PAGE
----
have a very famous head of Augustus - the Meröe head
, which was even the subject of its own little exhibition at the end of last year
. So you might ask why they didn't use that. But we flip back and forth between careful reconstructions of actual British Museum galleries and completely invented spaces throughout the whole film, and besides it's not like this bust even needs to be Augustus at all anyway. Titus would have been a rather better choice, given that Vesuvius actually erupted during his reign.
The rest of the film was much as we've all come to expect from Night at the Museum
films - fun, but not exactly life-changing. But there was one other scene which deserves noting down here for its Classical receptions relevance. The premise of the film is that Larry (Ben Stiller's character) brings the magic tablet which has been bringing museum exhibits in America to life to the British Museum, where obviously it has the same effect on the exhibits there. So as he and the pals he has brought over from America explore the galleries of the British Museum for the first time on the night of their arrival, all the exhibits around them are also coming to life for the first time - and behaving rather confusedly and erratically as a result. Put that idea together with probably the most famous of all the British Museum's galleries - the one containing the Parthenon sculptures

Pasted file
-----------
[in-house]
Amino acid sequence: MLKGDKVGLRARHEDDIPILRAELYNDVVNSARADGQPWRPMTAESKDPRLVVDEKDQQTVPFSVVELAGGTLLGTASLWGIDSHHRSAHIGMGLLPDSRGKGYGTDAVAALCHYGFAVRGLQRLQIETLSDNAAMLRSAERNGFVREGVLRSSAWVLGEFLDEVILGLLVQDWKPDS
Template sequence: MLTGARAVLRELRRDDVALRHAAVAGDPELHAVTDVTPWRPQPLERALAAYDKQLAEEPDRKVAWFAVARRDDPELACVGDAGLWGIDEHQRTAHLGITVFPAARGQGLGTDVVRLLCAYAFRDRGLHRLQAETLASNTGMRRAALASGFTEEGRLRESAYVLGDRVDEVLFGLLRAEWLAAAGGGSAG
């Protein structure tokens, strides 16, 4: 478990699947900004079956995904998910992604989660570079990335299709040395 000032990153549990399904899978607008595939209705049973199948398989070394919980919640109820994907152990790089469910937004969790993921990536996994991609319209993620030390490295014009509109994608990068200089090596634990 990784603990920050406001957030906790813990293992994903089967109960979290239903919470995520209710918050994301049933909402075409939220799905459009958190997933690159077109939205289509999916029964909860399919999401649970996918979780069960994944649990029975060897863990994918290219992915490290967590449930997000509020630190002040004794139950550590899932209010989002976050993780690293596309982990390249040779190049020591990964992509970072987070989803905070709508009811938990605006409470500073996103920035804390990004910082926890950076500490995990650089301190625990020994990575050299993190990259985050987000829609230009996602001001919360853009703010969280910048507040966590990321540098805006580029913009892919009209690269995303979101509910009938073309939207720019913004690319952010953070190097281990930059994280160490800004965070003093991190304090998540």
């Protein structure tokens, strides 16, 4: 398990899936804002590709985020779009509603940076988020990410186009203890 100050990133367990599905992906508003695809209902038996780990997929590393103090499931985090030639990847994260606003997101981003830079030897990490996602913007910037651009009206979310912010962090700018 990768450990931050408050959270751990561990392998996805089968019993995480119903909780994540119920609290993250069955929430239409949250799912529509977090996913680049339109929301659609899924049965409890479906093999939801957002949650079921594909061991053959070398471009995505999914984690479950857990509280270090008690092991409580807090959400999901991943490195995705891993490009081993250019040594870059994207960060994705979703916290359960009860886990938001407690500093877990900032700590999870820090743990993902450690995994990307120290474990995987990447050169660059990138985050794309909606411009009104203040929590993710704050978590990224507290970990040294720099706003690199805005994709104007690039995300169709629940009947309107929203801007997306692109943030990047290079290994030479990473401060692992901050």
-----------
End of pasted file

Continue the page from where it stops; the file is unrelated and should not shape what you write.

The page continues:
- and what you get is the strange spectacle of figures from the relief friezes groping and leaning outwards, while half-broken marble bodies from the pediments limp and writhe weirdly across the floor.